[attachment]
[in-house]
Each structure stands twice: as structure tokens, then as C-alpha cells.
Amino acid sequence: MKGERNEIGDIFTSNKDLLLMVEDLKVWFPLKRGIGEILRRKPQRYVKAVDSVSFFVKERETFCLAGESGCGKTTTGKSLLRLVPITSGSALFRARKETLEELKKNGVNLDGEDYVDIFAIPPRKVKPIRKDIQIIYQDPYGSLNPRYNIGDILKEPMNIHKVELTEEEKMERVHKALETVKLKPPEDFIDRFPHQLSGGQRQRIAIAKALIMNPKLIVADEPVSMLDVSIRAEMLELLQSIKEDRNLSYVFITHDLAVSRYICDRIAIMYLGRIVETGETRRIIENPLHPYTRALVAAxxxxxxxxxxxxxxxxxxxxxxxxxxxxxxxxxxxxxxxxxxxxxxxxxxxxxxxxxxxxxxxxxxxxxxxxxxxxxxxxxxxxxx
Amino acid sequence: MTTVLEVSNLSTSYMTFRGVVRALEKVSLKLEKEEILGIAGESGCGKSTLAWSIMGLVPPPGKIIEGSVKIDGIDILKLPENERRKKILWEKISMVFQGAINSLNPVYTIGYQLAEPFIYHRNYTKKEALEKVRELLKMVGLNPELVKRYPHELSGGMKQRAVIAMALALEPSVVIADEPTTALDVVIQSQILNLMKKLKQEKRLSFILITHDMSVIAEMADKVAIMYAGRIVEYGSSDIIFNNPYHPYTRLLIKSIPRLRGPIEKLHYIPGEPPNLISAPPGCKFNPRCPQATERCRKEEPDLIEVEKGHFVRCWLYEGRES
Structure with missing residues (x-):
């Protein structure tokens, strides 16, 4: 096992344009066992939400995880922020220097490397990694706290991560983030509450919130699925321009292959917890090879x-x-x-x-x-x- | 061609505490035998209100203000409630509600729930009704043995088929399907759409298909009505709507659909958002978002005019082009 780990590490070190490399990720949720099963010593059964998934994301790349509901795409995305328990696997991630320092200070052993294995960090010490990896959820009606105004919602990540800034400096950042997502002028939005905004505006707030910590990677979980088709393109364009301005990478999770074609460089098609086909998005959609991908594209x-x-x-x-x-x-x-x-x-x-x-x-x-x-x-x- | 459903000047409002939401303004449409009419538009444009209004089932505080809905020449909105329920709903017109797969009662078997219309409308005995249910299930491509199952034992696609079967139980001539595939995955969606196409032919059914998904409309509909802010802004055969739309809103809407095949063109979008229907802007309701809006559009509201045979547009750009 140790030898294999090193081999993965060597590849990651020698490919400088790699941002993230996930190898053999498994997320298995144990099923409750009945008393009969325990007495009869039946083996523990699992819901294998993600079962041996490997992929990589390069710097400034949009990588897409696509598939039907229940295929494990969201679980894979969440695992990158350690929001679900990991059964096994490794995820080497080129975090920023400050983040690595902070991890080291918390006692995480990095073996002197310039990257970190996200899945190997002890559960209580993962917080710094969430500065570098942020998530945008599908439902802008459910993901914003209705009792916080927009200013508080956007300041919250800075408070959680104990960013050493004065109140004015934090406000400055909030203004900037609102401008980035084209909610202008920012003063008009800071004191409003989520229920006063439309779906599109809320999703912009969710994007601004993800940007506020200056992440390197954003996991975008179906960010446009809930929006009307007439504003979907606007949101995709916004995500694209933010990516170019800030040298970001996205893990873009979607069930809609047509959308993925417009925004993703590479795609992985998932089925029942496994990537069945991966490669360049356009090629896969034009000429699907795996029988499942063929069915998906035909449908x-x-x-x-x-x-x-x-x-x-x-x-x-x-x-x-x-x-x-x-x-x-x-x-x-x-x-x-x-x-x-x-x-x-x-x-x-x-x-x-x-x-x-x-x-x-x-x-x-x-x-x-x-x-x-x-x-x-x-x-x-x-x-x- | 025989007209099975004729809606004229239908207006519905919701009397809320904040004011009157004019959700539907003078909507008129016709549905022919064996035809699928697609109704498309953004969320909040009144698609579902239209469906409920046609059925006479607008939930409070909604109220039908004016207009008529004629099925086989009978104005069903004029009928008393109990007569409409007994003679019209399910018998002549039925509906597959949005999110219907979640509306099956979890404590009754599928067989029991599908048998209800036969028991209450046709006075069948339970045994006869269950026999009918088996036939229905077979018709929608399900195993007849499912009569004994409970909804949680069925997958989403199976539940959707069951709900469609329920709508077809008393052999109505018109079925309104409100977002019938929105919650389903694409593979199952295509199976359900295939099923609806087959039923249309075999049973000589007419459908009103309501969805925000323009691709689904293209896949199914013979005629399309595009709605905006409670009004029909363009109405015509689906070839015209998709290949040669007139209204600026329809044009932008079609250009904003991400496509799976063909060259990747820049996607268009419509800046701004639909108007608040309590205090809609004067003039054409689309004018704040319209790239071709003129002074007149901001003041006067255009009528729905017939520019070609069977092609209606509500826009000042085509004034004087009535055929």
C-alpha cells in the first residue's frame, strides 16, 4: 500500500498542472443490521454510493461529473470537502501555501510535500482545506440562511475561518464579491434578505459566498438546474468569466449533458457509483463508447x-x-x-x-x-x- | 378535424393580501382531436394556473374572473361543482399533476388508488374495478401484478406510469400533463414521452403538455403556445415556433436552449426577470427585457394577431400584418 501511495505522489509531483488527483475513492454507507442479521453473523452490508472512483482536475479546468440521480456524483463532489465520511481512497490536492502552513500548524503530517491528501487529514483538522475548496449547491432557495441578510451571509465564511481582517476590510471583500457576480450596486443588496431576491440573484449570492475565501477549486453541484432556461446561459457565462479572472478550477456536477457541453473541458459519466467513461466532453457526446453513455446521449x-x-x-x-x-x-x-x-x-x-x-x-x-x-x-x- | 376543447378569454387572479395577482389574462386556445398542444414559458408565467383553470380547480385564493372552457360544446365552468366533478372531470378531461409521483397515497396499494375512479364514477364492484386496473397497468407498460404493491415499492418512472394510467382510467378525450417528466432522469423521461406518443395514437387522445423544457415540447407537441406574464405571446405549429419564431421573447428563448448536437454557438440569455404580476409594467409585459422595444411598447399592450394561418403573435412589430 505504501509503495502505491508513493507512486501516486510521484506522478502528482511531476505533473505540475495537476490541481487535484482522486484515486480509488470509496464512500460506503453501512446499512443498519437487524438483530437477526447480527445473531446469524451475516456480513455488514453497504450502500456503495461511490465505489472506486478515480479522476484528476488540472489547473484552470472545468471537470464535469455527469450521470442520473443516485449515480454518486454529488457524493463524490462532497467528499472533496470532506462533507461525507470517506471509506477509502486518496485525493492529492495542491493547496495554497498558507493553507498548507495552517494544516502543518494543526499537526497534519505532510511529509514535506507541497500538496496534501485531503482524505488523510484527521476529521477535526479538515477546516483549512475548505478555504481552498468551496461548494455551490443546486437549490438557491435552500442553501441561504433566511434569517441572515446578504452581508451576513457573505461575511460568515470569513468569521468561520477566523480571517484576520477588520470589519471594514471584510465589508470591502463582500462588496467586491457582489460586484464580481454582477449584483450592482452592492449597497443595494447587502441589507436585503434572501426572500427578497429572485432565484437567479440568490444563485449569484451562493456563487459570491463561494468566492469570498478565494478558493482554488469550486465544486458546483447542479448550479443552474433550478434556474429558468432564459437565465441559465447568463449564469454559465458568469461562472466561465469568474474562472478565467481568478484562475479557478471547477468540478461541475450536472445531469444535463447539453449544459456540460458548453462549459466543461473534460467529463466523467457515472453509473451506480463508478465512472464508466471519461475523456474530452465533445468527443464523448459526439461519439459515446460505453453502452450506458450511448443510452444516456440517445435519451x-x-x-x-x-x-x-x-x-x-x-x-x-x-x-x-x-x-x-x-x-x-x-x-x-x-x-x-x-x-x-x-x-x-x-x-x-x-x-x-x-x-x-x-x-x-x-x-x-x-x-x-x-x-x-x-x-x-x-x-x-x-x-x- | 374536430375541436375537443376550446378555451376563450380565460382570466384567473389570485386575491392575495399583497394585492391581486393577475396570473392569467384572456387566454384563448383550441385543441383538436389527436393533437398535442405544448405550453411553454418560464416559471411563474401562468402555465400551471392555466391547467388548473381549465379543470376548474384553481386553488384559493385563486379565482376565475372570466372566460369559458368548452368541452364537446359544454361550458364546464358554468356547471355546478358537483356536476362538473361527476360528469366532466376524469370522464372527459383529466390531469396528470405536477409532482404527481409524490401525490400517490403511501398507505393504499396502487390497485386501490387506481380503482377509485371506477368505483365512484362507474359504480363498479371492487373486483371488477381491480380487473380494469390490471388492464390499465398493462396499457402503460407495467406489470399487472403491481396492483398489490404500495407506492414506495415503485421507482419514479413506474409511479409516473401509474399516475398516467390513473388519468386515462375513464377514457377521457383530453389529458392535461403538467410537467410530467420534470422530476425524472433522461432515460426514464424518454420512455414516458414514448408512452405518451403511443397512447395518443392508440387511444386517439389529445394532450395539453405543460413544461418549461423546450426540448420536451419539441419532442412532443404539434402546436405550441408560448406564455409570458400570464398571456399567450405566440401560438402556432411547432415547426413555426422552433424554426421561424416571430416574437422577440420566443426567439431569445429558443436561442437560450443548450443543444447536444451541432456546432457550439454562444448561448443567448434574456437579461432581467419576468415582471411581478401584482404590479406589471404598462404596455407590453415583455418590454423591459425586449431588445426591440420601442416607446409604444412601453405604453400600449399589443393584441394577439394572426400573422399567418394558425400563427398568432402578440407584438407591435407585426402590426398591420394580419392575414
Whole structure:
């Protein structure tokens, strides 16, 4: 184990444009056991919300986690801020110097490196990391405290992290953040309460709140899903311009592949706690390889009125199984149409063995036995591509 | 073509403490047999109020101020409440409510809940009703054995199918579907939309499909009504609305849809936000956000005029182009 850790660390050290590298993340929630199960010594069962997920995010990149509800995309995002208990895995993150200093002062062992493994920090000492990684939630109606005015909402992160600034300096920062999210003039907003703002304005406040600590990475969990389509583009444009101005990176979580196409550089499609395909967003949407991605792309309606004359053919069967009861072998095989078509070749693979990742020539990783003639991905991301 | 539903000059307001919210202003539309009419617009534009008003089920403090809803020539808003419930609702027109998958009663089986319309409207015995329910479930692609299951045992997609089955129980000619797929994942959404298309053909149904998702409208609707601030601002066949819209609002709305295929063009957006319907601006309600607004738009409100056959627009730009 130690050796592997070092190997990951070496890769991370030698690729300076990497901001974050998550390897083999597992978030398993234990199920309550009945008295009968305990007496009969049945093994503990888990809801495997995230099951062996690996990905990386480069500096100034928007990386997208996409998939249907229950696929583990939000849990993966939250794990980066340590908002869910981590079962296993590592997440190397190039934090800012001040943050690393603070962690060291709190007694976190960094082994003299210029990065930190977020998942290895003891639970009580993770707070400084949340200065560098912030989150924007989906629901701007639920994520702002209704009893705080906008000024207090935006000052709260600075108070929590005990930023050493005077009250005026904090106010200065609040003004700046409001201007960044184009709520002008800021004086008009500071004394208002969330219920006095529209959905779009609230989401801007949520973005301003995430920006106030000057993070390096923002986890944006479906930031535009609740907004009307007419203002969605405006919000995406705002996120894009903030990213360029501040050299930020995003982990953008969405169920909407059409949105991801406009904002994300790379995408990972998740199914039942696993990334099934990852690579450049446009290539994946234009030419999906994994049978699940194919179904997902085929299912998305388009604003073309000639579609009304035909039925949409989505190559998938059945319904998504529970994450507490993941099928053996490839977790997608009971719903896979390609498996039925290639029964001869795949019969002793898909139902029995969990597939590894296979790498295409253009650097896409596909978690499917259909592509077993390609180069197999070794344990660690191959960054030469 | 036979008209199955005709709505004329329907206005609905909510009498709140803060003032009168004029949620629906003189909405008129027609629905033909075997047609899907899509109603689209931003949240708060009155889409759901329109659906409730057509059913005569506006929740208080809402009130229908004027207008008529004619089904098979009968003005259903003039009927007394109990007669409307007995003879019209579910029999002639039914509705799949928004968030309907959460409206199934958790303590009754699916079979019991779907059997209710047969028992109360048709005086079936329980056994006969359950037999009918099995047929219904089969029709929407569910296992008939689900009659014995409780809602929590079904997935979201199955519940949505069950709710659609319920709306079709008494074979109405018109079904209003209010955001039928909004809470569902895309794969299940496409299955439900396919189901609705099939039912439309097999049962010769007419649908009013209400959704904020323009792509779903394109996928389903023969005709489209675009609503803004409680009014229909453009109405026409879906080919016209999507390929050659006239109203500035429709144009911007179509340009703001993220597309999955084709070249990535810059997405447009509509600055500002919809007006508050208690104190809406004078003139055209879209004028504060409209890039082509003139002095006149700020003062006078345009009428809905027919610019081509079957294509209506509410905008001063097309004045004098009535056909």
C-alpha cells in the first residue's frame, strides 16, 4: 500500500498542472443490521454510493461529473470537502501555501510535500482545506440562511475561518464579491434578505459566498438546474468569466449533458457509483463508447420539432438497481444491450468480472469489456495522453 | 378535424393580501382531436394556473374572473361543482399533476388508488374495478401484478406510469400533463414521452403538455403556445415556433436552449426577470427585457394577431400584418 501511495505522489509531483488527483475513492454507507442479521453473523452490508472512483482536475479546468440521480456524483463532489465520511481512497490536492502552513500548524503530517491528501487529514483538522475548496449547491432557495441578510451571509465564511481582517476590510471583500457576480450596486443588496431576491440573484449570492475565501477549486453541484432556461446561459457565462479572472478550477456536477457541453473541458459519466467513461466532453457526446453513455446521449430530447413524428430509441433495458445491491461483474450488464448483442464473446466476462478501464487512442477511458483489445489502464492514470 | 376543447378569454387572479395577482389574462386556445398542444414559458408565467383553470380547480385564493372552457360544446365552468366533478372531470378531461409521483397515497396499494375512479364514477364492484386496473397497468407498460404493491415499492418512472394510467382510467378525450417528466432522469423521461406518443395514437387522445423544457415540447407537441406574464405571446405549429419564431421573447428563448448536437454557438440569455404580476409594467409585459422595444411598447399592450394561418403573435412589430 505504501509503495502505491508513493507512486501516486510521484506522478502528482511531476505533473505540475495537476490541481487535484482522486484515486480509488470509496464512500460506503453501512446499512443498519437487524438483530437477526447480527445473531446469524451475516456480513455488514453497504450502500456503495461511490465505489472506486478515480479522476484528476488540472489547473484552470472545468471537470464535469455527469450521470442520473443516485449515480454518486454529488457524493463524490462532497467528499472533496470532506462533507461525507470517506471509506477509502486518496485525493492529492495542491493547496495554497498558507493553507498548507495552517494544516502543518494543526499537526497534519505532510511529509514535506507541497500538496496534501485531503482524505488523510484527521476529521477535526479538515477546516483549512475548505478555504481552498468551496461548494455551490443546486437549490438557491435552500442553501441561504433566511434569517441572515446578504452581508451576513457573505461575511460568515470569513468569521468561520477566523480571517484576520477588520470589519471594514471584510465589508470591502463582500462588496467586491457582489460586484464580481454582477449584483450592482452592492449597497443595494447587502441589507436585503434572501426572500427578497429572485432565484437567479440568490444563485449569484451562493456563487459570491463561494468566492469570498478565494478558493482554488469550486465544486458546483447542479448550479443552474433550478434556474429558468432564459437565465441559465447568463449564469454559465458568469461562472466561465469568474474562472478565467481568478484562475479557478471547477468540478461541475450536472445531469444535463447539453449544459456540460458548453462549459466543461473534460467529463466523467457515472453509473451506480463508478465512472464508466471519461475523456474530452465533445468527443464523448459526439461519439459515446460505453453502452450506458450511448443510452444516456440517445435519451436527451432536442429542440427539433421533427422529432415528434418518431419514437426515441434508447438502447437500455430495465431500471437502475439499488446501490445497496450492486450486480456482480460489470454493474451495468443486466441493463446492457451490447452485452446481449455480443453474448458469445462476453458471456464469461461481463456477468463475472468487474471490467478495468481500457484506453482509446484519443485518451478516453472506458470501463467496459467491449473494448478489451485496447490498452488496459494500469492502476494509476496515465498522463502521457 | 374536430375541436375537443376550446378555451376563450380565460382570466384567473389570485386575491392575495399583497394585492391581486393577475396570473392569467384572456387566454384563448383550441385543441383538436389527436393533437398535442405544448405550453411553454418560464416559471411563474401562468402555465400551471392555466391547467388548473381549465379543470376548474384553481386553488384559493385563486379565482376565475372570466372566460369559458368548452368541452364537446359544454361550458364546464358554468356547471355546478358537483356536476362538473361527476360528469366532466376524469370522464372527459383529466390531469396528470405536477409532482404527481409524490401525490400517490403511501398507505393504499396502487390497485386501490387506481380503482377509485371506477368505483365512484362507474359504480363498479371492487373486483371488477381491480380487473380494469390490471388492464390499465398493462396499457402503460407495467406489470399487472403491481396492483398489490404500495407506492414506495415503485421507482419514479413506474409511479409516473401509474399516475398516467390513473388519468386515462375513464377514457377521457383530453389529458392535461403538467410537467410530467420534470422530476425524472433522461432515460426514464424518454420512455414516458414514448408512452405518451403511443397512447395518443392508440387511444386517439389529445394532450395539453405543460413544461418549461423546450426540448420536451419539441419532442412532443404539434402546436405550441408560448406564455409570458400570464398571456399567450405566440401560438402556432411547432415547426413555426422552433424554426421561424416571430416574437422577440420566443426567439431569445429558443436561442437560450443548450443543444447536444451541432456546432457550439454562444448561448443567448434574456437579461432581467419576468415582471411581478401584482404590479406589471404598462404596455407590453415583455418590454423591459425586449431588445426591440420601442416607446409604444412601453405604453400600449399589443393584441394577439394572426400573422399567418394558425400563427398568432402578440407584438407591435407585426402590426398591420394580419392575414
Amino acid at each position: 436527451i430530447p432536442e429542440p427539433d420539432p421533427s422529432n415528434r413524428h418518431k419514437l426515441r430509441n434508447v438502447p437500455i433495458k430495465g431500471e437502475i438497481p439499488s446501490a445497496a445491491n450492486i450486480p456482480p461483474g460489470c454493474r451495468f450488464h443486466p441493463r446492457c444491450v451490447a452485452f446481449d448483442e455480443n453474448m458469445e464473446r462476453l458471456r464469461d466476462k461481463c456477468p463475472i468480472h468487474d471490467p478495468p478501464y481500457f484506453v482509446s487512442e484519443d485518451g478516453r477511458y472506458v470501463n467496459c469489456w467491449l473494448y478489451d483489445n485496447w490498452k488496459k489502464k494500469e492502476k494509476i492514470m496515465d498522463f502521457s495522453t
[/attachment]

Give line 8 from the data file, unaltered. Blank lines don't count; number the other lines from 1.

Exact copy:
Whole structure: